Quotable Pride and Prejudice Winners


Answers to Pride and Prejudice quote questions:

    1. Jane Austen (the first line in the book)
    2. Elizabeth
    3. Mr. Bennet
    4. Elizabeth to Mrs. Gardiner – Exact quote: “What are men to rocks and mountains?”
    5. Elizabeth
    6. Elizabeth
    7. Darcy
    8. Darcy; 8. Mrs. Bennet
    9. Darcy
    10. Darcy
    11. Darcy
    12. Darcy
    13. Darcy
    14. Darcy
    15. Darcy

Every entrant missed at least one. Sometimes it was a case of too much information. For example: (4) Elizabeth did ask, “What are men to rocks and mountains,” but it was at the Gardiners’ house in Cheapside, not in Derbyshire. Also, “young men” is not in the original. I think it’s quite easy to mistake dialog in the film version for dialog in the book.

Mr. Bennet asked,”For what do we live, but to make sport for our neighbors, and to laugh at them in our turn?


Since no one answered all the quotes correctly, I have decided to give prizes to all three entrants. You may choose ebook copies of the entire Yours by Design series, ebook copies of the entire Guardian Trilogy, or an ebook of Understanding Elizabeth when it is published.

Please contact me with your choices and email addresses. You may message me on Facebook.

9 Years Ago Today

dreamstime_l_17222653WordPress informed me that this blog has been going for nine years.

I started blogging earlier that 2007, but I’ve deleted blogs from Blogger and other lesser-known, now dead blogging sites. Who knows how long I’ve been inflicting myself, Kardashianlike, on you poor people?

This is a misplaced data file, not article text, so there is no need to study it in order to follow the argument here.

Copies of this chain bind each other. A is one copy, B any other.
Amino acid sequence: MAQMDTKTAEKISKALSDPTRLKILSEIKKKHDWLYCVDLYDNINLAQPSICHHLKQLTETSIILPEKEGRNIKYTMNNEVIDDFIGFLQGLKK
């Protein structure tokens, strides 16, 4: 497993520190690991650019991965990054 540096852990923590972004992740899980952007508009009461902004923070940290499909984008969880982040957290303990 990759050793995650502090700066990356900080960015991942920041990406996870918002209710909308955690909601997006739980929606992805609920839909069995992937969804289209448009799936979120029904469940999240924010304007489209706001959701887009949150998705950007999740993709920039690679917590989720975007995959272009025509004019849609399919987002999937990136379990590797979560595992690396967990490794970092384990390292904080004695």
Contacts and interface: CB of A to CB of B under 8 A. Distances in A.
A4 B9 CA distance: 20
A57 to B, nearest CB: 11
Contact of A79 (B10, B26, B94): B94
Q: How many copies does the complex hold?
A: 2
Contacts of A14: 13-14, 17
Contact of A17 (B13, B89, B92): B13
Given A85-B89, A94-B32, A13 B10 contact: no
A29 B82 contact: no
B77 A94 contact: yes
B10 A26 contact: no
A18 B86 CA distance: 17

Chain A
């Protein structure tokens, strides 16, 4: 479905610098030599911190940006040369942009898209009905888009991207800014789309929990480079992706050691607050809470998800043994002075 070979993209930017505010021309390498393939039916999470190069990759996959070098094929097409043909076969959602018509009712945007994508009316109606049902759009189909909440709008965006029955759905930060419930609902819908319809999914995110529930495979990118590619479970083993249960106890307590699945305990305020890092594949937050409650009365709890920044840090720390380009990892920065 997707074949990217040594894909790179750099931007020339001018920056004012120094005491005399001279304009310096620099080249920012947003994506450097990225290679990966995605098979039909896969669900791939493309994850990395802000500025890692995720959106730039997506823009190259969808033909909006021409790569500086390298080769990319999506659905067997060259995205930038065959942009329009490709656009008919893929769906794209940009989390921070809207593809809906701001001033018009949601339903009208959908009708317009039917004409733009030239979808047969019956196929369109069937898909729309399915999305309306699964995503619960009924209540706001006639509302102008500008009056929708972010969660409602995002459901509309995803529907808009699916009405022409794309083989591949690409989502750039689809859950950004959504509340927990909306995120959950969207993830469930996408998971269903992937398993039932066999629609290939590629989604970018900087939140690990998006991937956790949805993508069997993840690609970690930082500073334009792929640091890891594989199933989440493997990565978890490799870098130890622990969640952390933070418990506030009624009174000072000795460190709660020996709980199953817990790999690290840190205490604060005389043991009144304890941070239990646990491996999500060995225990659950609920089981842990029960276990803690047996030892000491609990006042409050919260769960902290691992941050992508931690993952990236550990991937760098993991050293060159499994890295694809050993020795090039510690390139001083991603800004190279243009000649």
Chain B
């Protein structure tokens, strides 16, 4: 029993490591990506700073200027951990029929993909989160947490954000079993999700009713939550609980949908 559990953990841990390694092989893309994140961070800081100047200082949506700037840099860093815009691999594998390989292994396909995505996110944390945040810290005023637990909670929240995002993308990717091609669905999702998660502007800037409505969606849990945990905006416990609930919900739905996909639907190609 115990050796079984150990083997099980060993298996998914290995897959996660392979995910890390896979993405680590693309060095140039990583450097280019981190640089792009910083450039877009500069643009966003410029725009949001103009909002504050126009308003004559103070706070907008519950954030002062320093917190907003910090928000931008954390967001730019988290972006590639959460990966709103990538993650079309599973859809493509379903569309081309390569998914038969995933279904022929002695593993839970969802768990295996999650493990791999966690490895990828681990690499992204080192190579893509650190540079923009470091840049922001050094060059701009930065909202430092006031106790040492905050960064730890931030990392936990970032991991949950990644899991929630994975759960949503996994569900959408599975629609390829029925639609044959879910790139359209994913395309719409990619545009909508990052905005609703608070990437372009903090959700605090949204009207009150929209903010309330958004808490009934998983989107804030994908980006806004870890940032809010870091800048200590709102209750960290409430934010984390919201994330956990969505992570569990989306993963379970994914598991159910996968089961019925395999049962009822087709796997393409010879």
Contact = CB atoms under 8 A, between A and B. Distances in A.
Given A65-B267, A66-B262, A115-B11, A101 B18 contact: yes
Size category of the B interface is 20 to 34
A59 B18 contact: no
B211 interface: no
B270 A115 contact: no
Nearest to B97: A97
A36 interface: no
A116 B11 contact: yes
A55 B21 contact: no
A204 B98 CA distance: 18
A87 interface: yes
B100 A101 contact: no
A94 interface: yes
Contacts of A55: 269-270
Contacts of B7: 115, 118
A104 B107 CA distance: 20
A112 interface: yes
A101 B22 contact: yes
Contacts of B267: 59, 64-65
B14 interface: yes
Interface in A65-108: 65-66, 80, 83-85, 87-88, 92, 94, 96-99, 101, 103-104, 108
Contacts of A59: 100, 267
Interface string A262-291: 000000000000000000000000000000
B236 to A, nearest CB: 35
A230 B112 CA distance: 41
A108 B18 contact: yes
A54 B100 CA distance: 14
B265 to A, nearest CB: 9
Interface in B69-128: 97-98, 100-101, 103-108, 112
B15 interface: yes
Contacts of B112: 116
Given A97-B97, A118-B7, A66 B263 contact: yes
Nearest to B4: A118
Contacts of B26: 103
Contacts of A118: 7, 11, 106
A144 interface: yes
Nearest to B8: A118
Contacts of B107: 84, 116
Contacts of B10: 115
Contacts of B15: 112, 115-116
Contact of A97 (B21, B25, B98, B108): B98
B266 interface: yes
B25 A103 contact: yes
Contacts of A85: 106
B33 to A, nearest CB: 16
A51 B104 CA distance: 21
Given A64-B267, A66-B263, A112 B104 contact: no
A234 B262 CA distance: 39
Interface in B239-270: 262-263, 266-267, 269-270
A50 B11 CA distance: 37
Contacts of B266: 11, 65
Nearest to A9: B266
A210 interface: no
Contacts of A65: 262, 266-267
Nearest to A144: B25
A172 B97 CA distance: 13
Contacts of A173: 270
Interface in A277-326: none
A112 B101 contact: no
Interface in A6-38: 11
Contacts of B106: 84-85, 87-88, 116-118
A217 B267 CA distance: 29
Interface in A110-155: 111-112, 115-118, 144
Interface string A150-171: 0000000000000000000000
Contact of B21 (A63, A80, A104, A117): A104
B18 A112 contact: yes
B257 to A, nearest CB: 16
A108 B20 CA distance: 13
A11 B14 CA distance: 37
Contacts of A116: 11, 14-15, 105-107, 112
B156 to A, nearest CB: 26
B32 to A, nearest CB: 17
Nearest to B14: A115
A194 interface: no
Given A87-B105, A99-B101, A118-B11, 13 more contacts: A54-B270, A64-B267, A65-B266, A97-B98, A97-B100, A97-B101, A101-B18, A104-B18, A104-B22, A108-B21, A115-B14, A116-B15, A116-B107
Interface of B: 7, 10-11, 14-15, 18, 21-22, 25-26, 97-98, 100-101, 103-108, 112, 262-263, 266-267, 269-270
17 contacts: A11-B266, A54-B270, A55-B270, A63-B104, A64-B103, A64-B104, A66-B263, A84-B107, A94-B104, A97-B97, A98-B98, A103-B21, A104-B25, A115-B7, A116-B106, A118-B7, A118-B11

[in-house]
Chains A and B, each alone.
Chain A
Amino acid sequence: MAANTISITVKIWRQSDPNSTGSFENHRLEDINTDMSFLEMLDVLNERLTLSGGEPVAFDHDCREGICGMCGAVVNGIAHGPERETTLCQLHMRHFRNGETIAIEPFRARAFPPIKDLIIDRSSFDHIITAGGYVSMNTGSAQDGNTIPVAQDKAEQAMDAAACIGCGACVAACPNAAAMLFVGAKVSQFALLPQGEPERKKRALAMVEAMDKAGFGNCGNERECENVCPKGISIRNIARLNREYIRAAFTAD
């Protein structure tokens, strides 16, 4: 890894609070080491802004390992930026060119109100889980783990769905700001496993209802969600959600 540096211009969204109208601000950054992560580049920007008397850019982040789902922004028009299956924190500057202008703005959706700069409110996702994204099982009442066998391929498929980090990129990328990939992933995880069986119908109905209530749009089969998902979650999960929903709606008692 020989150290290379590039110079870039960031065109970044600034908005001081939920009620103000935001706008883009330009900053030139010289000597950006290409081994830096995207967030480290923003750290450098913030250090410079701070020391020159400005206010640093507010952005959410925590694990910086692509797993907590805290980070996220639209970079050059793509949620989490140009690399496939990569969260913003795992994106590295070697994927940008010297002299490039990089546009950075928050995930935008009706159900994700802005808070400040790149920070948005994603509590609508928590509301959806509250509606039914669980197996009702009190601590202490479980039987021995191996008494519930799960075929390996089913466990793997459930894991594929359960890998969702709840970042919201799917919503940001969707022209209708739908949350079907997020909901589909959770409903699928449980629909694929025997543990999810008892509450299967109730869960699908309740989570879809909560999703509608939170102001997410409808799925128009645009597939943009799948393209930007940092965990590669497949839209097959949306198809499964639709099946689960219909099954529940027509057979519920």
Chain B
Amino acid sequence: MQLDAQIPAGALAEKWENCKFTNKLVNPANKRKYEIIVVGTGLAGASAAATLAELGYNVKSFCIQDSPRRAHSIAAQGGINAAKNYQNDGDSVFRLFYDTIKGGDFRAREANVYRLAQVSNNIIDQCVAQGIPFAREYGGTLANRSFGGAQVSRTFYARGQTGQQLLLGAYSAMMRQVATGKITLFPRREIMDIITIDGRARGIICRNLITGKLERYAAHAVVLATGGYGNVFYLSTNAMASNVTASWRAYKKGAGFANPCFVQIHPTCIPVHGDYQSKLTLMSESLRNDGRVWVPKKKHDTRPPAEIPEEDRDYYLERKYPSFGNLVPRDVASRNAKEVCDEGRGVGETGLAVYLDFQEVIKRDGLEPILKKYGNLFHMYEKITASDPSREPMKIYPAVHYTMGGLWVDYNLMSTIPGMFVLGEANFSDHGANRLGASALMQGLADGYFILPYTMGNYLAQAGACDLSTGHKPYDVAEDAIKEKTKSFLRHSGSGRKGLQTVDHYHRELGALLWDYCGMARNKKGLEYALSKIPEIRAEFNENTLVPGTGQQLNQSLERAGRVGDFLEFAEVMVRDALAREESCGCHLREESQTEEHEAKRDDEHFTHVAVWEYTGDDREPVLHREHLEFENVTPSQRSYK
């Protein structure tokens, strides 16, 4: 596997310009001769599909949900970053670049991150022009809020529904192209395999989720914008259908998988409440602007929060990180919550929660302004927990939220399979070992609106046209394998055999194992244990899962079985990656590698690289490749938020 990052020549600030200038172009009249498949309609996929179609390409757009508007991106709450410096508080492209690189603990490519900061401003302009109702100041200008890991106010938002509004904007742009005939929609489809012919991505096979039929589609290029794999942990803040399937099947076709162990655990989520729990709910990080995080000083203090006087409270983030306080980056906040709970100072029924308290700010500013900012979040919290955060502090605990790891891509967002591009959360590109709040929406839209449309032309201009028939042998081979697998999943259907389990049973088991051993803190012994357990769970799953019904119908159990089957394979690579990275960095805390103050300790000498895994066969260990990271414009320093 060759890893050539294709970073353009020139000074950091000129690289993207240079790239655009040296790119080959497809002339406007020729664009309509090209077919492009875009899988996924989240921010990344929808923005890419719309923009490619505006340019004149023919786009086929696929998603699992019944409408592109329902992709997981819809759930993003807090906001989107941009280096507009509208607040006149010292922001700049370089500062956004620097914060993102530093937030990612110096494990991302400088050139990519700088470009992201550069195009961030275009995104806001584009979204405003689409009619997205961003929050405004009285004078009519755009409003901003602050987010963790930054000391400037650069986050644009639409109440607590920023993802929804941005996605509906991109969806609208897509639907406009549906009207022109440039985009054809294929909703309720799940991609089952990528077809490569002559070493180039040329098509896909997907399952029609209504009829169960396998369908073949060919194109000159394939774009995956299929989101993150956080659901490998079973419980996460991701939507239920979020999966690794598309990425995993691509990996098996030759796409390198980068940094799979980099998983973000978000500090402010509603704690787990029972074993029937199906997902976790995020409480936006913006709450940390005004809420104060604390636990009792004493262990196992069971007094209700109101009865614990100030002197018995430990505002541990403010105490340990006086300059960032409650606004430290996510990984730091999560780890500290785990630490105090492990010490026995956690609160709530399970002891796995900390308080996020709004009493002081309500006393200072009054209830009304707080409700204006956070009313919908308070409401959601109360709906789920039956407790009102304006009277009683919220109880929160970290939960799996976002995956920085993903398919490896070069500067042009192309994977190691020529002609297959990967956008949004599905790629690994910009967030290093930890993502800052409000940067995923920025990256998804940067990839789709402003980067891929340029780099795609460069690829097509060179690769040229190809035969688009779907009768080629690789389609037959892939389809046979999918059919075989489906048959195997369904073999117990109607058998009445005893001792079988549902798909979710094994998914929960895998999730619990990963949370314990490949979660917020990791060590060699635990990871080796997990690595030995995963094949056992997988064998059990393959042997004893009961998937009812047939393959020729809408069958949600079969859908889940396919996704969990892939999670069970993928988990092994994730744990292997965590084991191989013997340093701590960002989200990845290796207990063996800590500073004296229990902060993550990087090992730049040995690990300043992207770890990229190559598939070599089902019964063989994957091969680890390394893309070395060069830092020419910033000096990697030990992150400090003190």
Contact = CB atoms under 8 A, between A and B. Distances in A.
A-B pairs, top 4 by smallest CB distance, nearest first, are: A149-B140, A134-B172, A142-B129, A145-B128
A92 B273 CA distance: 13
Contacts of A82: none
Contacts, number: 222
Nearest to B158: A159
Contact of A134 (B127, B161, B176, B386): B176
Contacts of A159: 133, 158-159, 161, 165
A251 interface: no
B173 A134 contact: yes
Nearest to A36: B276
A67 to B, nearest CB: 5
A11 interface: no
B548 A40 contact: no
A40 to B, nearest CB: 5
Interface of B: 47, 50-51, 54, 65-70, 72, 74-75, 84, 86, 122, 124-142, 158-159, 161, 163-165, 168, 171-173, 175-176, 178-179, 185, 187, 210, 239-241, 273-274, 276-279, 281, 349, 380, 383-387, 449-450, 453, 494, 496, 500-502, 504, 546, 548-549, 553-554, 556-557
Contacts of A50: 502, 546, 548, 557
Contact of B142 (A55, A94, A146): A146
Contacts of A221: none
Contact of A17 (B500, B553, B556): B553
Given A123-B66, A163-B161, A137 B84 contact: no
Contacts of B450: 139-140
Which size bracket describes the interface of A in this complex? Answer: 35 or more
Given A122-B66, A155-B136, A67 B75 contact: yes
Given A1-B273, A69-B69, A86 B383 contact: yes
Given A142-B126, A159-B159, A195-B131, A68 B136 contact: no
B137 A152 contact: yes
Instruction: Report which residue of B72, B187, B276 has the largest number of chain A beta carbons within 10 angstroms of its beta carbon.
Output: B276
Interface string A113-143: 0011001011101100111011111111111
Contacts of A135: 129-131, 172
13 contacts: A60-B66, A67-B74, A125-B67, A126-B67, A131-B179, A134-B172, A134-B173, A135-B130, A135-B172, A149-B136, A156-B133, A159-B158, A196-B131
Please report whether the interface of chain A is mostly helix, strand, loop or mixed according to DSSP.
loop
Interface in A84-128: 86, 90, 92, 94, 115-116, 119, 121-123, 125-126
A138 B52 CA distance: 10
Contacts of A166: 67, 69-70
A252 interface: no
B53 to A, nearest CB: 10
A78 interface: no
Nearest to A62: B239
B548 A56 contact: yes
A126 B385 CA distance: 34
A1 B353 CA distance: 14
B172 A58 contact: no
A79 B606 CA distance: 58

Thanks for taking the time to read our ramblings, and share with us.


Sifting Through Stuff

Deep within is an inner pack rat longing for expression...

Deep within me is an inner pack rat longing for expression…

Cue the theme song for TLC’s show Hoarding…

If it even has a theme song. I can never watch long enough to tell.

Because that show makes me nervous. Does my house resemble TLC’s photo? Um, no.

And yes. Because there are closets, stuffed drawers, dark corners. And those little piles beside my bed that grow.

I save too much. What can I say, I grew up collecting antiques. I would love to live in a crooked, rambling old house like Narnia’s Professor Digory Kirke, with all those rooms stuffed with curiosities.

But I don’t.

Anyway, they say the best time to declutter is when you are feeling it, when enough finally becomes enough. I reached this point tonight. I think it had something to do with having a nice fire burning on the hearth. The perfect opportunity to destroy paper clutter, right?

So satisfying, watching stuff burn.

hoarders-haulMy usual style is to attack the entire house like a maniac, tearing out far more than can be put away. Tonight reason prevailed, and I focused only on the area beside my bed. Yeah, those piles I mentioned earlier. I have been trying to be better organized, and today I covered some ground.

Or maybe I should say I uncovered it.

Amid the trash, precious treasures: Jewelry, unearthed in a drawer. A really great photo of my parents. Gift cards, put carefully in a “safe” place (that I promptly forgot about). Ha, and the copyright certificates from the Library of Congress for my Mercy’s Embrace books.

I also found cards sent by dear friends when I was gravely ill. How I enjoyed reading them again!

Is my home now perfect? Not by a long shot. But I’ve made headway in the bedroom. I feel more at ease in here, and that’s worth celebrating.